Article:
Pauline Dispensationalism / Dispensational Bible Study

Persuading and Pleasing God #3

Wednesday, April 26, 2017

“For do I now persuade men, or God? or do I seek to please men? for if I yet pleased men, I should not be the servant of Christ” (Galatians 1:10 KJV).

What does today’s Scripture reveal about the Apostle Paul’s past?

As Saul of Tarsus, Paul was a Pharisee (Acts 26:5; Philippians 3:5,6), diligently serving men in “the Jews’ religion” (Galatians 1:13,14). The Mosaic Law (rabbinical) scholar that he was (Acts 22:3), no one was more dedicated to striving in works-religion than he. However, on the road to Damascus, Acts chapter 9, he met the resurrected, ascended, and glorified Lord Jesus Christ from Heaven. Pious Saul suddenly realized he was headed for Hell! He came to believe the new gospel message that the Lord revealed to him—Christ died for our sins, He was buried, and He was raised again the third day. Thereafter, Saul would no longer please men. In fact, at his conversion, he asked, “Lord, what wilt thou have me to do?” (Acts 9:6).

In contrast to his earlier life, Paul was now a servant of God. Galatians 1:11-12, the verses immediately following today’s Scripture, affirms: “[11] But I certify you, brethren, that the gospel which was preached of me is not after man. [12] For I neither received it of man, neither was I taught it, but by the revelation of Jesus Christ.” Rather than being faithful to a God-originated religious system that man had watered down over the centuries, Paul was now faithful to the commission God had given directly to him. He was truly now a God-pleaser instead of a man-pleaser (today’s Scripture).

The Lord Jesus Christ had revealed Himself to Saul outside of Damascus. In doing so, He revealed to Paul the Gospel of Grace—the first installment of the Dispensation of Grace. The Holy Spirit moved Paul to write to the churches at Galatia, that they learn his distinctive apostleship and message, to the end that they would learn not to be men-pleasers either. Brethren, let us learn the lesson: the answer to successful Christian living is grace, not law—Christ, not religion! It is not what we do; it is all that Jesus Christ did for us at Calvary’s cross! This persuades and pleases Father God! 🙂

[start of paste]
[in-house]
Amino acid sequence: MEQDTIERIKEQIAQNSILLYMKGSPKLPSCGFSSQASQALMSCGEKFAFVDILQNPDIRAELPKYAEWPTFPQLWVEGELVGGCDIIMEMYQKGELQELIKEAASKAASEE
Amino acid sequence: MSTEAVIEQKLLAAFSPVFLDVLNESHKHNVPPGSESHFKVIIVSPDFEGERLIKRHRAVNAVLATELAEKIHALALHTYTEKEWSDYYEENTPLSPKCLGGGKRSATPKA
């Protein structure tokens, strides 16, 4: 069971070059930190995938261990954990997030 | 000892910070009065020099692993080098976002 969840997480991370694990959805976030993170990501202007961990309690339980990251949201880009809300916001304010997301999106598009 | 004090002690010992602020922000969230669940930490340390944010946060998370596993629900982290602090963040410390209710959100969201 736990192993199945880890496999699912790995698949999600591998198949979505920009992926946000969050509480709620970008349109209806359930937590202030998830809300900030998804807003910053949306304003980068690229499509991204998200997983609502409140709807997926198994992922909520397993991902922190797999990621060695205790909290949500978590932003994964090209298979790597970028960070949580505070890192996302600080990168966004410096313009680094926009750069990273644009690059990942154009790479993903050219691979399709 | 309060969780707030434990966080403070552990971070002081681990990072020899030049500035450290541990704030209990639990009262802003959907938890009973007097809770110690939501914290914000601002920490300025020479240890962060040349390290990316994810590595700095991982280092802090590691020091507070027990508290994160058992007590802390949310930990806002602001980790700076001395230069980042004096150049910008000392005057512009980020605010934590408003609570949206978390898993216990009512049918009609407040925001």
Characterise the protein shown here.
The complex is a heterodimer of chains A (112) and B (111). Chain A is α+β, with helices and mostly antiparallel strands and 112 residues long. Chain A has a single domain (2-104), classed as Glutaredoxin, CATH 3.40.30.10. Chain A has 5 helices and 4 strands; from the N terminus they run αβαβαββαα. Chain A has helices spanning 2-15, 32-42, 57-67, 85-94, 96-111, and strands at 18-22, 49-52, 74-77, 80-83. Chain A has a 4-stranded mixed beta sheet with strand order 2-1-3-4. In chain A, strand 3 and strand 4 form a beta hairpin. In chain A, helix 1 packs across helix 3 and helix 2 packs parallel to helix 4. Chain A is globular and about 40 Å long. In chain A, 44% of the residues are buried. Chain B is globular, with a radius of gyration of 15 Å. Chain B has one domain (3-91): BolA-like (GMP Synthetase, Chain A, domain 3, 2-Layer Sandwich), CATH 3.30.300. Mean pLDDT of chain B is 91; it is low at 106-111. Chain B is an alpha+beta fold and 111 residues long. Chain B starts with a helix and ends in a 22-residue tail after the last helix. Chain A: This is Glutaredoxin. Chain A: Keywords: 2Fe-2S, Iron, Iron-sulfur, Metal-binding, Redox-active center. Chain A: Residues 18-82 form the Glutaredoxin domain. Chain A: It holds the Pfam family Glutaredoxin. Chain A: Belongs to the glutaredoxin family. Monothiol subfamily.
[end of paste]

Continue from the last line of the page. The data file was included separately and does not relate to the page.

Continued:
Our latest Bible Q&A: “Should a woman lead a group in prayer?

Persuading and Pleasing God #1

Monday, April 24, 2017

“For do I now persuade men, or God? or do I seek to please men? for if I yet pleased men, I should not be the servant of Christ” (Galatians 1:10 KJV).

What does today’s Scripture reveal about the Apostle Paul’s past?

Notice the “now” persuade men and the “yet” (as in, “still”) please men. These are really glimpses into Paul’s past. As Saul of Tarsus, he was a men-pleaser, a religious fanatic, consumed by self-righteousness. Scripture continues: “[13] For ye have heard of my conversation in time past in the Jews’ religion, how that beyond measure I persecuted the church of God, and wasted it: [14] And profited in the Jews’ religion above many my equals in mine own nation, being more exceedingly zealous of the traditions of my fathers.” Notice “the Jews’ religion” appears twice—Saul had been quite busy in a God-given religion that men watered down!

Galatians chapter 6 talks about men-pleasers in works-religion: “[12] As many as desire to make a fair shew in the flesh, they constrain you to be circumcised; only lest they should suffer persecution for the cross of Christ. [13] For neither they themselves who are circumcised keep the law; but desire to have you circumcised, that they may glory in your flesh.” Even today, denominational preachers brag about how many people they water baptized last year. Church members boast how faithful they were in maintaining church programs. Top donors to churches and missionaries are praised with flattery. Preachers please congregants because they are giving the church members what they want to hear—works-religion. The people, in turn, are pleasing the preachers by obeying the denomination’s demands—religious works. Thus, religion is one gigantic cycle of pleasing others. Almighty God is displeased because people want to satisfy everyone but Him!

Dear friends, today’s Scripture is very clear. If we want to serve men, if we purpose to impress men, we should not be servants of Jesus Christ. We should have stayed dead in our trespasses and sins, and not come to Him by faith. Now that we have come to Him, though, our goal is to persuade and please Him alone. We should not be pacifying other humans with mindless, rote, religious busyness.

Christ Liveth in Me

Sunday, April 16, 2017

“I am crucified with Christ: nevertheless I live; yet not I, but Christ liveth in me: and the life which I now live in the flesh I live by the faith of the Son of God, who loved me, and gave himself for me” (Galatians 2:20 KJV).

“He is risen” is not a simple blasé cliché!

When Jesus’ disciples came to His tomb on that glorious Sunday morning nearly 2,000 years ago, they were startled to find it empty! Angels inform them that He has resurrected, but they are still in shock (Matthew 28:1-8; Mark 16:1-8; Luke 24:1-8). Jesus Christ Himself must later explain the Scriptures to them regarding what happened those last few days (Luke 24:44-46).